In the three decades from 1925 to 1955, Henry E. Sigerist (1891-1957) was widely regarded as the world’s leading historian of medicine. In 1925, at the precocious age of 34, he had succeeded Karl Sudhoff, a German scholar of towering international reputation, as Director of the University of Leipzig’s pioneering Institute of the History of Medicine. In 1932, Sigerist succeeded William Henry Welch, the founding dean of the Johns Hopkins University Medical School, as Director of the Johns Hopkins Institute of the History of Medicine, recently created on the Leipzig model. During the next fifteen years, Sigerist turned the Hopkins Institute into the leading center for the history of medicine in North America. He transferred his own research to Baltimore and arranged for exceptional European junior colleagues to join him for various periods of time. He likewise nurtured North American medical history efforts already underway and elevated scholarly standards, most notably by founding and editing the Bulletin of the History of Medicine and by considerably raising the professional tone of the American Association for the History of Medicine.

During his fifteen American years from 1932 to 1947, Sigerist also played a surprising but important public role. Welcomed as an urbane and eloquent lecturer, he enjoyed celebrity status at medical society meetings, before civic associations, and in colleges and universities. He was regularly called upon by philanthropic foundations, public agencies, labor unions, the media, and sometimes by the Roosevelt administration. Sigerist also served as a major spokesman for compulsory universal health insurance, and was much sought after as a lecturer, popular author, and radio commentator. His lecture in Philadelphia on February 19, 1939 at the Peoples Forum (advertised by this flyer) was one of his many well-attended public presentations. Sigerist’s ideas were reported in The New York Daily News and Time Magazine, and he published articles in mass circulation magazines and reviews such as Atlantic Monthly, PM, Science and Society, and the New Masses. Because of his dual reputation in historical scholarship and medical politics, Sigerist was invited to visit South Africa, India and Canada as a distinguished lecturer and health policy consultant.

Fee, Elizabeth, and Theodore M. Brown. Making Medical History: The Life and Times of Henry E. Sigerist. N.p.: John Hopkins University Press, 1997.

8th Annual Graduate Conference

We are pleased to announce that the Graduate History Society is holding its 8th Annual Graduate Conference titled, “Fashioning People: Memory, Identity, and Consumption” on Saturday February 25th from 9:00 a.m.-4:30 p.m. Registration for the event will begin at 8:30 a.m. The Conference will be held in the Gowen Room in Wilson Commons. Our keynote speaker this year is Catherine E. Kelly, Professor of History at the University of Oklahoma. Kelly is the Editor of the Journal of the Early Republic and the author of Republic of Taste: Art, Politics, and Everyday Life in Early America. Her address for the event is titled, “Disappearing Acts: William Hamilton and the Cultural Politics of Loyalism in the Early American Republic”. The event is open to the public. Light lunch and refreshments will be provided. We hope to see you there!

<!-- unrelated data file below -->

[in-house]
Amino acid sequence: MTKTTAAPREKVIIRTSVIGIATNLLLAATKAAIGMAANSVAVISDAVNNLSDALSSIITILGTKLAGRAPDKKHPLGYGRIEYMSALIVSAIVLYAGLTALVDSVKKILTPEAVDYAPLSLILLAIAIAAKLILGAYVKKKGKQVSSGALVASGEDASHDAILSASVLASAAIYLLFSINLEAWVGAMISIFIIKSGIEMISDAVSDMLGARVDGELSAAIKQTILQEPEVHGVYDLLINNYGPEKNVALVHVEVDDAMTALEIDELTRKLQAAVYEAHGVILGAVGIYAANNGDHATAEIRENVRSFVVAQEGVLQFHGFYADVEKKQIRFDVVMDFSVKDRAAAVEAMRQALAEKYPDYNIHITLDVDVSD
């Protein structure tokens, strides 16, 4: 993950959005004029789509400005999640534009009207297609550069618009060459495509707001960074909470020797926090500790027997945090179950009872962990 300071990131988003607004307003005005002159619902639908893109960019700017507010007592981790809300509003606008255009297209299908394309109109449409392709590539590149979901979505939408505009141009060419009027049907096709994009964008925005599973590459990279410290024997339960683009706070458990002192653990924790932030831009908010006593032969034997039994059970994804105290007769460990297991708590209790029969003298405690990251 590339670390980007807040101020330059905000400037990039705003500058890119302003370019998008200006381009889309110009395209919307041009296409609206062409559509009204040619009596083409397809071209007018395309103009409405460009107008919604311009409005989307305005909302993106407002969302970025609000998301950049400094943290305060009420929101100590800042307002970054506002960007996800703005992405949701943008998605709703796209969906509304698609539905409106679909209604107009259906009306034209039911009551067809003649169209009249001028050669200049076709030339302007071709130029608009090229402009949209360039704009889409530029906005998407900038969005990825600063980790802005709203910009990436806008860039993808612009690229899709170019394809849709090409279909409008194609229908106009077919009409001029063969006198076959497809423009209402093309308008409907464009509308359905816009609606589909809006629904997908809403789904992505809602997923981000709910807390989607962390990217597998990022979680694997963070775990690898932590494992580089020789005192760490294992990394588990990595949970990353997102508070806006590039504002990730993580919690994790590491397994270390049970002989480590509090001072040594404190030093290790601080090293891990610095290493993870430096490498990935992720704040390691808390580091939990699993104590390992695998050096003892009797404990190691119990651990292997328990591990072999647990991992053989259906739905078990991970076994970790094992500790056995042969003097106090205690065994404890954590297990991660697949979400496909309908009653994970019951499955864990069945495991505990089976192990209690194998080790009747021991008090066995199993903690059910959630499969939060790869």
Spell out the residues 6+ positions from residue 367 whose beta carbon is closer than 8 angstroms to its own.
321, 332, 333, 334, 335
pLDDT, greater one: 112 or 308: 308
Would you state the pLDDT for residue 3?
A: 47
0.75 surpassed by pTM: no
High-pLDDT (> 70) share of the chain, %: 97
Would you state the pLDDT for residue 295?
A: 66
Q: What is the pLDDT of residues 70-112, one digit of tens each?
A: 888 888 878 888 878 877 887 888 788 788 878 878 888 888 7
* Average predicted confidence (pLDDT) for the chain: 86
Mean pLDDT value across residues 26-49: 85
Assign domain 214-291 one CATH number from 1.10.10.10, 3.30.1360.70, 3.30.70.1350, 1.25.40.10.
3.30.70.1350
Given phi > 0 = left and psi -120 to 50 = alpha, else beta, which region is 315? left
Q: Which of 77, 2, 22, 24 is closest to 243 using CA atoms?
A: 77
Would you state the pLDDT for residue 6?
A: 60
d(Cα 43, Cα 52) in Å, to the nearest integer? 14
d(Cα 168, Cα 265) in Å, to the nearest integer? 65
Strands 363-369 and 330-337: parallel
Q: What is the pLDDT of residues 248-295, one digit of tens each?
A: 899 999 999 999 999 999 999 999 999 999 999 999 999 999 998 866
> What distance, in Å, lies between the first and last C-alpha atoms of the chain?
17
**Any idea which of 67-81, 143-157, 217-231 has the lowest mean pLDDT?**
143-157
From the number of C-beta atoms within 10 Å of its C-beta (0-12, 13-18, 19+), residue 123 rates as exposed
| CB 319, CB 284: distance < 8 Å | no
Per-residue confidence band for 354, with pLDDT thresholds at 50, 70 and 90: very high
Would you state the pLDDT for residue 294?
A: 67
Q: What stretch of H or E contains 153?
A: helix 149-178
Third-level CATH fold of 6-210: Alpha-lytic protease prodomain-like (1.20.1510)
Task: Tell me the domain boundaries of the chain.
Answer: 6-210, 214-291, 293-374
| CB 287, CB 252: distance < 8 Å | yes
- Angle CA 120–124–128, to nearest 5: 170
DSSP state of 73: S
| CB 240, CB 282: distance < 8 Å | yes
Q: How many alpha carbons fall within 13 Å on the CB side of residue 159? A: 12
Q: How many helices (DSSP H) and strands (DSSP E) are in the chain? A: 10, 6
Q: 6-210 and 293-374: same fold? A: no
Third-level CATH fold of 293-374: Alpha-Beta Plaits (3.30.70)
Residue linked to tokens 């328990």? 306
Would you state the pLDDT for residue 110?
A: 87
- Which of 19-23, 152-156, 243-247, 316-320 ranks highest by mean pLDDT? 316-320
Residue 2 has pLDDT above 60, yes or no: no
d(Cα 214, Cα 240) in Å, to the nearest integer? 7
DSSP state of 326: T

On Friday, February 24th from 11:30 a.m.-1:00 p.m., Kelly will hold a Graduate Student Lunch in Humanities Center Conference Room D. The Lunch is titled “Fashioning the Article”. At the event, Kelly will discuss approaching publishing in digital and print from an editor’s perspective and will talk about weighing print/digital, figuring out where to submit your article, the peer review process, and what makes an article. The event is open to graduate students. A light lunch will be served.


We would like to thank our sponsors: Gloria Culver, Dean of the School of Arts, Science, and Engineering; Melissa Sturge-Apple, Dean of Graduate Studies; The Graduate Student Association; The Frederick Douglass Institute; The Department of History; and The Department of Philosophy.

If you have any questions about the event, please contact the Graduate History Society at:

A Look Back at 2016

While we ring in the New Year, we wanted to take a look back at what some of our professors and graduate students have done in the past year.

fleischmanWe welcomed to the department Thomas Fleischman (Ph.D. NYU, 2013), our new assistant professor of modern German history. Tom works on industrial agriculture in East Germany and the environmental crisis occasioned by the introduction of factory pig-farming along capitalist lines in the 1970s and 1980s. Together with Stewart Weaver and Tom Slaughter, Tom will contribute to our growing strength in environmental history. He will be introducing to Rochester courses on the history of animals, one of the most                                                              innovative new areas in the field.

Many of our other teaching initiatives involved digital history. Elya Zhang used mapping software to help students visualize trade and demographic patterns along Chinese rivers. Pablo Sierra’s students worked extensively with a new database of Latin American newspapers, and Mike Jarvis used his “Virtual St. Georges” project (the creation of a digital visualization of that historic Bermuda port) to introduce undergraduates to digital history.  Tom Slaughter and his collaborators have been awarded a National Archives grant to expand his outreach to seniors in the Rochester Community, who have been working with undergraduates on the digitalization of the William Seward Archive.